Q&A: Ravichandran Venkataraman, ANZ
SSON: What are the biggest advantages of the shared services model with regards to increasing the competitiveness of a company?
Ravichandran Venkataraman: I would like to view this from the 5C approach, based on which a company can build a shared service organisation.
- Customer: Enabling scalability through acquisitions and providing the front line an opportunity to manage customers through different channels across geographies. For example, when HP took over Compaq, it took less than three years to integrate the companies, each $40 billion in size. This was because of the high maturity level of the shared service organization of HP which gave it a phenomenal competitive advantage.
- Culture: Build an organisation that draws upon a global talent pool. It should have best in class organisation structures and team objectives. Here, I would like to give the example of Proctor & Gamble (P&G) that has one of the most developed practices in shared services: partly in-house and the rest outsourced to multiple specialist vendors. P&G has created a two-in-a-box organisation concept to drive organisational behaviour.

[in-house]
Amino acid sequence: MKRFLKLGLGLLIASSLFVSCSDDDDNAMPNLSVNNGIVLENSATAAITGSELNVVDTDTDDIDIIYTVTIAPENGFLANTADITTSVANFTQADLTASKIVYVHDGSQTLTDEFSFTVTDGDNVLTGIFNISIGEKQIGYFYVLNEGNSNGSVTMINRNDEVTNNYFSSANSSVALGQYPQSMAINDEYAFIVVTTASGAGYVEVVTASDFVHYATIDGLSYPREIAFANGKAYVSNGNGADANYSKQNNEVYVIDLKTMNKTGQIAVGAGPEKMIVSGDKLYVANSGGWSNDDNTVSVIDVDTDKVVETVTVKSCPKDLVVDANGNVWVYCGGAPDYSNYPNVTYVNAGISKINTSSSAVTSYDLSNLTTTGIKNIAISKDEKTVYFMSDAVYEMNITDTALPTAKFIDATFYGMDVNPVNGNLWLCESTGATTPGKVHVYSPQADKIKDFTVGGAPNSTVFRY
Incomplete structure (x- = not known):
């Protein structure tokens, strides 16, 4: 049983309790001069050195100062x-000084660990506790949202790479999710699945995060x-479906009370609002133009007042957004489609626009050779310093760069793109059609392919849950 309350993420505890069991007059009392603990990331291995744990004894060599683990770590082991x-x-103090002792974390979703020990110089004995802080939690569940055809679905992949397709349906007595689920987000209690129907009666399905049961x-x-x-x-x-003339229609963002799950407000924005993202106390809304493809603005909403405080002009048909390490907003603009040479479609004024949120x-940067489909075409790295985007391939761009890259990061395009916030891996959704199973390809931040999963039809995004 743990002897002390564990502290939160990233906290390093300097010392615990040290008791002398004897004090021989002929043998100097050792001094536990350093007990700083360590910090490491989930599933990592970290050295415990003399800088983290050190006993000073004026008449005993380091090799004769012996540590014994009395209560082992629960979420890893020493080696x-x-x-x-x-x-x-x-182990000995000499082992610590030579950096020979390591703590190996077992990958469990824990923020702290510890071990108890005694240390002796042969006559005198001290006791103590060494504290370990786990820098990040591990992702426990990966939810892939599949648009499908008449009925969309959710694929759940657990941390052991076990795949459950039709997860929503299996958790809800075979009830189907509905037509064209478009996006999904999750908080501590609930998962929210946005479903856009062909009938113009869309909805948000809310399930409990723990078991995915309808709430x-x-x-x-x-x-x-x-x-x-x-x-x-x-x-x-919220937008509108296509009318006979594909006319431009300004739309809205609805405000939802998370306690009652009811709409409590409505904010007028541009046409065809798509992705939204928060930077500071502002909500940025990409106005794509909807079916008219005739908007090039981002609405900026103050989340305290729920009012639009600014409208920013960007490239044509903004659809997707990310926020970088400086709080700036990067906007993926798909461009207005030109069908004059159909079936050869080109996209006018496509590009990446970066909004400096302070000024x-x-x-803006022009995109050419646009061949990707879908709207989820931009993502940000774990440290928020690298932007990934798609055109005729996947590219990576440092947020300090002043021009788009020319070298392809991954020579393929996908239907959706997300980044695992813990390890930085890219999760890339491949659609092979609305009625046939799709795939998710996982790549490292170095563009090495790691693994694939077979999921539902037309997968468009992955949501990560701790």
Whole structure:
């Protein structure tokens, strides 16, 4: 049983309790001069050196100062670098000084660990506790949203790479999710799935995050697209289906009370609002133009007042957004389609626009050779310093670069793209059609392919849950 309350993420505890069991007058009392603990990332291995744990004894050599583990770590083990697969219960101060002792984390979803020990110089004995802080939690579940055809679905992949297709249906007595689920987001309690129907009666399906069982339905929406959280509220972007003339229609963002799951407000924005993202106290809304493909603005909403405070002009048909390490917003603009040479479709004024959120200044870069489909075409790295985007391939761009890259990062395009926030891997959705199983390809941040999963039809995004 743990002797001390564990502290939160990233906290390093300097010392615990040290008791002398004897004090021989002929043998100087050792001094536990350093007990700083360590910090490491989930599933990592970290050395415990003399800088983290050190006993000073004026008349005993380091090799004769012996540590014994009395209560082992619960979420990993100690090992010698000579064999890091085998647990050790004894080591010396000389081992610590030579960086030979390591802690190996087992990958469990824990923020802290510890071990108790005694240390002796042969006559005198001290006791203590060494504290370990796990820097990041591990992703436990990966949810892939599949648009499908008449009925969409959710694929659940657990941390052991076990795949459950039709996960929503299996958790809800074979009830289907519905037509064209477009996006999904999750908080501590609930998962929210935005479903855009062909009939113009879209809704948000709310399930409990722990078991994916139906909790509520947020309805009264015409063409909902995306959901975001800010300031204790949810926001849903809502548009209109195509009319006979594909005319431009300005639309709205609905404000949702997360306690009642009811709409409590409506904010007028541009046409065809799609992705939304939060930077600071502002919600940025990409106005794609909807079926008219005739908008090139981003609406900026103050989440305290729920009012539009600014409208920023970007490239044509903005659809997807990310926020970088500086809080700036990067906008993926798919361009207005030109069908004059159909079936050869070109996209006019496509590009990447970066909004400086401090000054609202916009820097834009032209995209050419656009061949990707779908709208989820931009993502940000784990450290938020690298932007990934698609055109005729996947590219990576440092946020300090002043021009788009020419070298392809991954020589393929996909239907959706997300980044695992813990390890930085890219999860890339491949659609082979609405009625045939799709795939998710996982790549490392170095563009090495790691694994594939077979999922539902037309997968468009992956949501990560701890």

- Capability: World-class infrastructure that enables innovation, scalability and growth with respect to IT, people, work places etc. Texas Instruments files many patents from its India R&D centre. ANZ is also building a global talent pool in India. This gives employees opportunities to be placed in roles across ANZ globally.
- Controls: An organisation must have global risk frameworks that facilitate cross-border business transactions, in alignment of laws of different countries and ensuring business value. Most shared services organizations make this possible and also reduce business continuity risk by focusing on site, city, country and people outage scenarios.
- Cost: Continuously works towards reduced cost to serve through standardised processes and global platforms. For example, HP and Proctor & Gamble standardized on SAP, and these standardized processes along with global platforms helped reduce costs by over 50%.